Mishneh Torah

Is a diamond forever? – Reflections on Rambam Yomi ch. 4

To illustrate the general scientific and philosophical principles of this chapter, the Rambam gives numerous examples. However, from a purely scientific standpoint there are too many examples. For example, there is no relevant scientific difference between precious gems and other rocks, yet the Rambam gives both in his list of examples.

The Rambam is not only trying to teach us philosophy, but also to change our view of the world and remove our fantasies about it. To actually impact our world view he needs to address distinctions which are important to regular people, even though they are unimportant philosophically.

Two examples of physical principles which are also important for removing our fantasies are: 1. the impermanence of all physical things and 2. the fact that all physical things are made of the same basic elements.

This is illustrated in the example of precious gems which we treat as special and important.

1. Precious gems feel permanent. They (due to masterful marketing) have come to symbolize an unbreakable relationship. However, in reality they are temporary and eventually break down. Shattering the image of their permanence helps shatter our fantasy of permanence.

2. We think of precious gems as special materials. But in truth, like all material objects they break down into the same fundamental components. For example, diamonds are shiny and valuable, yet they are made out of carbon, just like coal. At the level of elemental composition there is no difference between a diamond and a piece of coal (ignoring trace elements).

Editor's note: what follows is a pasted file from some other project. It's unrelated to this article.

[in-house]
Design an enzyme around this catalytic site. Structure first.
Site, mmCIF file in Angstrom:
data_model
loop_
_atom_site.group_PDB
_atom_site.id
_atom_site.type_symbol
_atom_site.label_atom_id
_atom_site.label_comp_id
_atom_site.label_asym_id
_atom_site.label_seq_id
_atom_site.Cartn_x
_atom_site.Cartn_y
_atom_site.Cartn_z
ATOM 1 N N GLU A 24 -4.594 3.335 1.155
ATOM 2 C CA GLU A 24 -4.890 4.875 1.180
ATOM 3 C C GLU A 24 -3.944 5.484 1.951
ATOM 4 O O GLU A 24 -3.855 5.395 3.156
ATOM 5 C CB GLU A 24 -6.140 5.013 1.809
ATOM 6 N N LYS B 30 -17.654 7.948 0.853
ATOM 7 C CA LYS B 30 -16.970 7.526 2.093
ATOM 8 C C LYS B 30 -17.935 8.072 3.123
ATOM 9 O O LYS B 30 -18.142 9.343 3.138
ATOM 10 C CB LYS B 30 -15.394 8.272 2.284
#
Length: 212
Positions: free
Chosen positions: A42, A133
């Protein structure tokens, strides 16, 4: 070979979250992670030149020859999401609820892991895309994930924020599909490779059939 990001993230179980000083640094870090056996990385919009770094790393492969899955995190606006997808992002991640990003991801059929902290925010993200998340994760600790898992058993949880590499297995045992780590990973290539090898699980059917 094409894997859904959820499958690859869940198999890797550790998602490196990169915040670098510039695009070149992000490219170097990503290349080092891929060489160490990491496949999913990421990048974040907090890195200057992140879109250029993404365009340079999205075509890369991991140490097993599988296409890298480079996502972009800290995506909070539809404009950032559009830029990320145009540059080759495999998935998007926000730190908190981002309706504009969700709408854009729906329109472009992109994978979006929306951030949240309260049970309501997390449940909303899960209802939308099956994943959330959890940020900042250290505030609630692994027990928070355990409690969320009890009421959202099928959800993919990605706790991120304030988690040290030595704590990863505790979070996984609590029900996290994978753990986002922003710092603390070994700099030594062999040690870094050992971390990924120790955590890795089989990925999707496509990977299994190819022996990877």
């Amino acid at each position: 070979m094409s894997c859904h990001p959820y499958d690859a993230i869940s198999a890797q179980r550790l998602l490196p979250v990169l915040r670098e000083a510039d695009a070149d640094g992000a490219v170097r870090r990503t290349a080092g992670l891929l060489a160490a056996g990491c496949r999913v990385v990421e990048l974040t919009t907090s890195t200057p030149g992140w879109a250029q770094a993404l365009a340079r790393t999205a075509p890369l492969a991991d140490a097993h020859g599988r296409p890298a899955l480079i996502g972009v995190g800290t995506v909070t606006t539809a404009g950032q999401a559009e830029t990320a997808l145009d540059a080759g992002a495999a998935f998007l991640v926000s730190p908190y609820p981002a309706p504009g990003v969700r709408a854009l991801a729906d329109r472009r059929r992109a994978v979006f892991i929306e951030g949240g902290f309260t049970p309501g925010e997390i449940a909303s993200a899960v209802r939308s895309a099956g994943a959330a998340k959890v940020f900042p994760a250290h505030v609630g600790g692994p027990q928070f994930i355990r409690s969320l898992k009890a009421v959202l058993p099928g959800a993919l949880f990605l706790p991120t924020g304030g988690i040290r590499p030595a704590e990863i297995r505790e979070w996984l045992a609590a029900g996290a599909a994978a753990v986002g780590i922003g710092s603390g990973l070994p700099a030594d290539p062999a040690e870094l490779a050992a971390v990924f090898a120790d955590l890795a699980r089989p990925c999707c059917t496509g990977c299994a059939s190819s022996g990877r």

Response to a comment

Of course the Rambam didn’t know about Carbon and throughout the chapter speaks in terms of the 4 elements.

But when he emphasizes that even gold and rubies will eventually break down into their components, it addresses a fantasy that exists in our time as it did in his. I chose to switch the example to diamonds (instead of rubies) because they are a better intuition pump for us (due to marketing). But the presence of fantasies surrounding precious gems has not changed.

As I mentioned in the post, the purpose of this post was to emphasize the role of science in challenging our imaginative view of the world. In other words the Musar significance of science, rather than the science itself. From this standpoint the relevant questions are whether things are permanent and whether they are made of a special material different than regular things. The specifics of that chemical makeup (or for the Rambam, elemental material cause) isn’t important and therefore it can legitimately be translated into familiar science (which, of course, the Rambam didn’t know) using loose analogies.

If I were interested in the details of modern science I wouldn’t have focused on Carbon, rather I would have focused on subatomic “particles”. But, again, this distinction isn’t central to the purpose of challenging fantasies about the good, even though it is crucial to science and any metaphysics built upon it.

In general, my interest in studying Rambam’s outdated science is in those principles (usually ethical or methodological) which are still valid, and not the outdated theories which are of merely historical interest. But I agree that a full commentary on the chapter would need to explain his system, and whenever making analogies with our science identify the differences.

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